Understanding Product Strategy

People working on product strategy.

For early-stage startup founders, understanding and developing a product strategy is crucial to building a successful company. A product strategy is an essential blueprint that can make or break your business.

Whether you're aiming to disrupt existing markets or create new ones, this guide will equip you with the knowledge and tools to develop a product strategy that resonates with your target audience and lays the foundation for your startup's growth.

What Is Product Strategy?

A startup's product strategy defines the product vision, product goals, and the product development process that is required to achieve both. The product strategy is not a company vision or mission statement, it is focused entirely on the product itself.

One of the most important parts of developing a quality strategy is identifying your target market and how the product will benefit and serve that target audience.

Product Strategy vs. Product Roadmap

Product strategies are typically coupled with a product roadmap. The product roadmap is essentially the concrete steps that will be taken to achieve the product vision. You can think of this as the "how" whereas the product strategy is the "why" behind the product.

A product roadmap maps out, step-by-step, the development process including milestones, timelines, priorities, and dependencies. Essentially, the product strategy outlines the vision, and the product roadmap is the guide to make that vision a reality.

Types of Product Strategies

There are five common types of product strategies. Before you begin creating your strategy, you need to decide if the product strategy works for your startup's goals and target market.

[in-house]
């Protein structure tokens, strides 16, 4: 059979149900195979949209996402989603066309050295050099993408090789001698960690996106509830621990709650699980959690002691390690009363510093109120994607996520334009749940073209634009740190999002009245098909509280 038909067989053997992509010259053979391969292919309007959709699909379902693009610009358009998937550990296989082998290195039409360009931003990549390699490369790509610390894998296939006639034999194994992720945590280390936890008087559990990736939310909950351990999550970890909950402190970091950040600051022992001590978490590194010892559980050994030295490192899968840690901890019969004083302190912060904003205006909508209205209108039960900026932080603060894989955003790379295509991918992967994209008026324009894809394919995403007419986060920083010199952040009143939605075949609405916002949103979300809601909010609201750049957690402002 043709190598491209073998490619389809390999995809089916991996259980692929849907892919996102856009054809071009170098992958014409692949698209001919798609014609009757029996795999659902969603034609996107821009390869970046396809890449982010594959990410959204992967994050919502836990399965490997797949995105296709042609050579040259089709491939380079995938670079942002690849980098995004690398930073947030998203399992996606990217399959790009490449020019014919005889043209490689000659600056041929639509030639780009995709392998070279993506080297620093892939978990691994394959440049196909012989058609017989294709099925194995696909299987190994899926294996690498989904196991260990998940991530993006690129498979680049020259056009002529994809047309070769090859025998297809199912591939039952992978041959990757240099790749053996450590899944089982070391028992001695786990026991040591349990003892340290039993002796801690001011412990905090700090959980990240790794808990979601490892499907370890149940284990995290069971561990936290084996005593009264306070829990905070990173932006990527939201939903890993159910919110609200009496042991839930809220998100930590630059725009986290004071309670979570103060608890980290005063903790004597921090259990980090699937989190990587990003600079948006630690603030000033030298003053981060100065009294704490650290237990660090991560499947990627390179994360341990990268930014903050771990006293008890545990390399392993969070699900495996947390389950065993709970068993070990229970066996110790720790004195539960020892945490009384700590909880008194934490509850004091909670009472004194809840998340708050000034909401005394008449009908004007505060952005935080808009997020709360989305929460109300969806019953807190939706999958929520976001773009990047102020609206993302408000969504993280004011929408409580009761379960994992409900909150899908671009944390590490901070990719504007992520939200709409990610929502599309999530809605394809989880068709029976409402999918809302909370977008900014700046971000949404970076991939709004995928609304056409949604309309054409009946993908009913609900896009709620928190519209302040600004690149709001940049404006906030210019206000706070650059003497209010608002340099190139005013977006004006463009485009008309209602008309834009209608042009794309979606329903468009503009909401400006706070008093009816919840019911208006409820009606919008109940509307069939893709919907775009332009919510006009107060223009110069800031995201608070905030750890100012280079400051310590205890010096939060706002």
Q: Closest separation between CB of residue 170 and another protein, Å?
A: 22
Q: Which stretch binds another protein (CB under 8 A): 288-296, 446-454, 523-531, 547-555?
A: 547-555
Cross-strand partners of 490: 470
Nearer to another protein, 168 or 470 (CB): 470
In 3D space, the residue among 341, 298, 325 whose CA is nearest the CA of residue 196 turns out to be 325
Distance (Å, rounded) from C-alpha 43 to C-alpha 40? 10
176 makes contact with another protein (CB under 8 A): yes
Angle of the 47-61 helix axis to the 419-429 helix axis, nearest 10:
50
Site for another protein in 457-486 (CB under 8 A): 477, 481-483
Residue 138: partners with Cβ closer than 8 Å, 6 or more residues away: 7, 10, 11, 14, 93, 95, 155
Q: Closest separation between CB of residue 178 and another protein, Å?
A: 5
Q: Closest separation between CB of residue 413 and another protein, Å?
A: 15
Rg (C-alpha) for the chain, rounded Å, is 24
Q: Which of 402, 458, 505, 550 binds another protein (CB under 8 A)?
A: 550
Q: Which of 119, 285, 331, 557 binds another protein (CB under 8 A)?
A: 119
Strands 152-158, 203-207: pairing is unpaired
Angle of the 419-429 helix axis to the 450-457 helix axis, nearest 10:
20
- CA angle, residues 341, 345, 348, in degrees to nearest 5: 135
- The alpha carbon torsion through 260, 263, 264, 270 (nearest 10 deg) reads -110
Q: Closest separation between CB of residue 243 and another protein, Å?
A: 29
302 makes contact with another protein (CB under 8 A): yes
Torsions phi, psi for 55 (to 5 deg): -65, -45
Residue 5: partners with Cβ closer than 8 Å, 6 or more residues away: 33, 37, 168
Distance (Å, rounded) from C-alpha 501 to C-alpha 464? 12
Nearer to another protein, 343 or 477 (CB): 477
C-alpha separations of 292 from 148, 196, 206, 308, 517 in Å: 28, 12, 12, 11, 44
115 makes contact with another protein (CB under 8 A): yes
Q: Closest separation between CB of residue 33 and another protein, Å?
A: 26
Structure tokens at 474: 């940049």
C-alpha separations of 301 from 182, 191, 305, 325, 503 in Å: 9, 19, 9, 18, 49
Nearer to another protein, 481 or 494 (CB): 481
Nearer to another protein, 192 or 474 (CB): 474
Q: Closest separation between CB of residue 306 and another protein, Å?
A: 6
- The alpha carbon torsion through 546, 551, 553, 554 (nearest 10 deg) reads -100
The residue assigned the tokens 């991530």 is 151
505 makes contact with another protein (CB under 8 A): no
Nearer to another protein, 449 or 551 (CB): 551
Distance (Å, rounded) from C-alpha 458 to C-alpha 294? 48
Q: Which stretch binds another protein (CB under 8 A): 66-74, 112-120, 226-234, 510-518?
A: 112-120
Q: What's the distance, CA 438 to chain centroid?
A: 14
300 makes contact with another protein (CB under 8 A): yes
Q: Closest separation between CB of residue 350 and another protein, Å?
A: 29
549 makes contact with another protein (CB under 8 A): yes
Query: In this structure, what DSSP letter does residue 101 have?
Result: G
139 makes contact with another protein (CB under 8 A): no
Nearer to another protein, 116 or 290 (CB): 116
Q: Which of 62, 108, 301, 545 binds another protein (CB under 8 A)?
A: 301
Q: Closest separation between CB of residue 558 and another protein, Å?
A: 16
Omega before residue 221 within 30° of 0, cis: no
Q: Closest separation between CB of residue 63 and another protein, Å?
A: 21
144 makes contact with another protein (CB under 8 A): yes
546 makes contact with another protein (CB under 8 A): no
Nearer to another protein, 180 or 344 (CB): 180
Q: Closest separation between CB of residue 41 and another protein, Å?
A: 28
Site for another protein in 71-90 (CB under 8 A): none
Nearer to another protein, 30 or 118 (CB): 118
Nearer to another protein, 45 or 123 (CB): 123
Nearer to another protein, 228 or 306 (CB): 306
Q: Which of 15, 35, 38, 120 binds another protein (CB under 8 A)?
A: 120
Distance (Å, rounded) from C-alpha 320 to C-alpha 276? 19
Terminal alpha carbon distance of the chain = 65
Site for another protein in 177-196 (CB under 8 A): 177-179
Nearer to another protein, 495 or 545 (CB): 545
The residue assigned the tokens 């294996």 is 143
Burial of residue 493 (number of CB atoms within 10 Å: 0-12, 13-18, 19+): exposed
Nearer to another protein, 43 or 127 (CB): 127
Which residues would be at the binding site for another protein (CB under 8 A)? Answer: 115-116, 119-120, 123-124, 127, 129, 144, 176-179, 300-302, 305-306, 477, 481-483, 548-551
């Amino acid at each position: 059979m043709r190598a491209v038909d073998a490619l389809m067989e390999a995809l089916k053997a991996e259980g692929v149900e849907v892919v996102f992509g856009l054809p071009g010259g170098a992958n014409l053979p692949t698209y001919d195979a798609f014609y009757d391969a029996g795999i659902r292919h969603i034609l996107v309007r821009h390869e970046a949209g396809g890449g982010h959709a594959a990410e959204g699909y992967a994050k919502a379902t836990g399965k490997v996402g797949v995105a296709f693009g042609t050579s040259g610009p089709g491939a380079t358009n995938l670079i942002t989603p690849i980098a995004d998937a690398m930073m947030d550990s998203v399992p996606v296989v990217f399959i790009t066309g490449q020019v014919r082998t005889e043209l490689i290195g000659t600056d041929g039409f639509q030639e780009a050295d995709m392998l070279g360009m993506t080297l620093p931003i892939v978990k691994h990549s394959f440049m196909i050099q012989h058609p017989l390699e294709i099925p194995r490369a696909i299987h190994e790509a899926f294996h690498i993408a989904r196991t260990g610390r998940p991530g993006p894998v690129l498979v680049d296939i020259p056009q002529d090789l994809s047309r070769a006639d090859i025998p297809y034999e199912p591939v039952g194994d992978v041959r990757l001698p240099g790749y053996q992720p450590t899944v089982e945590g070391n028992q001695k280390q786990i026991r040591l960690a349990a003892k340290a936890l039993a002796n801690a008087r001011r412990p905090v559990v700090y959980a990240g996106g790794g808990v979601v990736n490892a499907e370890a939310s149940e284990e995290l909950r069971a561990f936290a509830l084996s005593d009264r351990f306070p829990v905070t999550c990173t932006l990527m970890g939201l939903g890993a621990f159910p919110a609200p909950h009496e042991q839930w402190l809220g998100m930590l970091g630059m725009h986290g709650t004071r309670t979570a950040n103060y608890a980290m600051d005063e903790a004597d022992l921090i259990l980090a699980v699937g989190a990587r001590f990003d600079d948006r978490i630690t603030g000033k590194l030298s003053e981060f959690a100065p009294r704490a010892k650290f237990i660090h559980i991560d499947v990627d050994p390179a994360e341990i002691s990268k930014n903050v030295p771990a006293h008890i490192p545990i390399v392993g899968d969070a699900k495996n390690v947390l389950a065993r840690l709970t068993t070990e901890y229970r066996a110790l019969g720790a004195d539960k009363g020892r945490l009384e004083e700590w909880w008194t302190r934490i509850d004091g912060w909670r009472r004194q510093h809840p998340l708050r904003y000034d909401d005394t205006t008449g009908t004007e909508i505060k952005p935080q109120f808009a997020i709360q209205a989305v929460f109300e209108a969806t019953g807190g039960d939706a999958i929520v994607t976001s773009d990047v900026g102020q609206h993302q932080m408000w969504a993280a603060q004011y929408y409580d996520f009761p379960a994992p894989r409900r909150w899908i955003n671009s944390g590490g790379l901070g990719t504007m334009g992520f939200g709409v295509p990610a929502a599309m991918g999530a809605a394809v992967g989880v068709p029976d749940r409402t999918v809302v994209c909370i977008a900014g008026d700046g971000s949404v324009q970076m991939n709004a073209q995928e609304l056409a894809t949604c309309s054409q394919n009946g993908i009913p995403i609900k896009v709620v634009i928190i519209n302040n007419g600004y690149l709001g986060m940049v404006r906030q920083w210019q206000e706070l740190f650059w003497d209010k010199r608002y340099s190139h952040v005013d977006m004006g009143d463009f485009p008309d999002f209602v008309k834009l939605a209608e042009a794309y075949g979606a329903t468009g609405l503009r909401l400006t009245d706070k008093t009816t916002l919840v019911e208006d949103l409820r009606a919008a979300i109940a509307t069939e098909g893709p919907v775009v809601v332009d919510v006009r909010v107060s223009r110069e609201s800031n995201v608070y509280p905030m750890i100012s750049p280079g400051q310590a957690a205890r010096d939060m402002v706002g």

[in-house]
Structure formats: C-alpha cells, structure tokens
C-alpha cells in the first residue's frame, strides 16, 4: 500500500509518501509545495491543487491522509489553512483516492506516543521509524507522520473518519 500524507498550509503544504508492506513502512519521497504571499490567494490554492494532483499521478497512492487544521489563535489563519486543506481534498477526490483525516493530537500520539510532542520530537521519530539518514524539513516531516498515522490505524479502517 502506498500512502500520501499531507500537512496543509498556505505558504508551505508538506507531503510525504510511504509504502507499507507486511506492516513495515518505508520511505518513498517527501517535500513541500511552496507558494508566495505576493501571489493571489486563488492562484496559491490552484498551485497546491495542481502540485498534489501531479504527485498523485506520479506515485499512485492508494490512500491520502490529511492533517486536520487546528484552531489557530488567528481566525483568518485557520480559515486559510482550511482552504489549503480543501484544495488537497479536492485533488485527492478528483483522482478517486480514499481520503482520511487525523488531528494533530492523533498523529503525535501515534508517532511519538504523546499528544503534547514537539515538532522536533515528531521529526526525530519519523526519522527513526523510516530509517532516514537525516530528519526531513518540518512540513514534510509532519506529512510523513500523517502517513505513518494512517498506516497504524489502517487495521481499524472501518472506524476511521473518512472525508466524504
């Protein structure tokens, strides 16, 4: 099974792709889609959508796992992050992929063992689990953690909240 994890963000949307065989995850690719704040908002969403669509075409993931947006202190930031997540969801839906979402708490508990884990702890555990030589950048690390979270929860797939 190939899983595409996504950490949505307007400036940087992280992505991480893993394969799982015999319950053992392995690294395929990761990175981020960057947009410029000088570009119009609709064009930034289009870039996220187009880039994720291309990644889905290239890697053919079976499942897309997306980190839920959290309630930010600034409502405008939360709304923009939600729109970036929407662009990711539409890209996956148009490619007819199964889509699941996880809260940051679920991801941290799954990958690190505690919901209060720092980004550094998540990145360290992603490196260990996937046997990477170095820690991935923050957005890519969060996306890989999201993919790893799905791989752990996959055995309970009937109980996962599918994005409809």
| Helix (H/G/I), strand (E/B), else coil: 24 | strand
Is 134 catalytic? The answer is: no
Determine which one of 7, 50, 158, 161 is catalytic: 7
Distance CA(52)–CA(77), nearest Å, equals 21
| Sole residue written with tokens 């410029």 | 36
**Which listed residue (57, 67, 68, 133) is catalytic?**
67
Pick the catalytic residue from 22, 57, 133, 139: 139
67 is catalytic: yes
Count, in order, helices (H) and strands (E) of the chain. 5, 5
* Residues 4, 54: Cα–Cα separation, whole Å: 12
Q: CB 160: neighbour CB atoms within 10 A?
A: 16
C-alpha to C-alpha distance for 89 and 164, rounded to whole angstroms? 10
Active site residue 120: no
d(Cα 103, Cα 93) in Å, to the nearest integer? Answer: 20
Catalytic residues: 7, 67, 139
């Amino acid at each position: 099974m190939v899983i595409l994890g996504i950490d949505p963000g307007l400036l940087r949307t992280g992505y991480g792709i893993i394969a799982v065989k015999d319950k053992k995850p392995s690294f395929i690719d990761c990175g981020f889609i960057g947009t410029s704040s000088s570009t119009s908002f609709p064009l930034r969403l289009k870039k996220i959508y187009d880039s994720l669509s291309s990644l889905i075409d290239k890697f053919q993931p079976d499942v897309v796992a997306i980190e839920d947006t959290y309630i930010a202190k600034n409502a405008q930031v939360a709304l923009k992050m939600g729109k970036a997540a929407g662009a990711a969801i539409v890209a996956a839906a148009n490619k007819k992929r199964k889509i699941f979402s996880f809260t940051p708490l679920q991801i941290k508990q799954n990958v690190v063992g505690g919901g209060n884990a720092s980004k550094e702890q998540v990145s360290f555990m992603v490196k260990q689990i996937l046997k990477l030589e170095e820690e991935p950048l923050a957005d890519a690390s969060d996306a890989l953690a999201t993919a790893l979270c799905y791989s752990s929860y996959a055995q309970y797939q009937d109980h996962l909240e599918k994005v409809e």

Cost Strategy

A cost strategy in product strategy involves minimizing production and operational costs to offer products at a lower price point than competitors, aiming to attract price-sensitive customers and gain market share.

Focus Strategy

A focus strategy means picking a specific group of customers and making products just for them. This way, a company can become the best choice for that particular group by understanding and meeting their unique needs and preferences.

Service Strategy

A service strategy is about deciding how to make customers happy with great service. This strategy focuses on providing excellent customer support and personalized services and making every interaction with the company a positive, memorable experience.

Differentiation Strategy

A differentiation strategy is about making your product stand out by offering something unique. This approach involves adding special features, innovative design, or exceptional service that makes your product different and more attractive than what competitors offer.

Quality Strategy

A quality strategy focuses on making products that are better in terms of reliability, durability, and performance. The goal is to attract customers who value excellence and are willing to pay more for products that exceed standard expectations in quality.

Why Are Product Strategies Important?

Successful product strategies can help your company (and its product team) in several ways from prioritization to providing clarity to allow for thoughtful planning.

1. Helps Your Team Establish Priorities

A successful product strategy provides product managers with the goals, vision, and initiatives required to plan and execute the actions necessary. Without high-level guidance, teams can sometimes fail to prioritize effectively, leading to longer development times.

Product strategies provide a clear direction they can refer back to as they build the product, helping them to prioritize the most important tasks required to bring the product to life.

2. Provides Clarity For Your Company

The product strategy does more than simply provide direction for product teams, however. An effective product strategy also aligns stakeholders from throughout your company such as sales teams, marketing teams, and customer support teams on one central vision.

While your product team is the intended audience for a product strategy, aligning the entire organization around the goals, vision, and intricacies of the product will help them be more effective in their roles as well.

3. Helps Create a Product Roadmap

Finally, without an initial strategy, you can't create your product roadmap. One of the key elements of a solid product strategy is setting the roadmap for product development, launch, and ongoing evolution to ensure it meets market demands and company goals.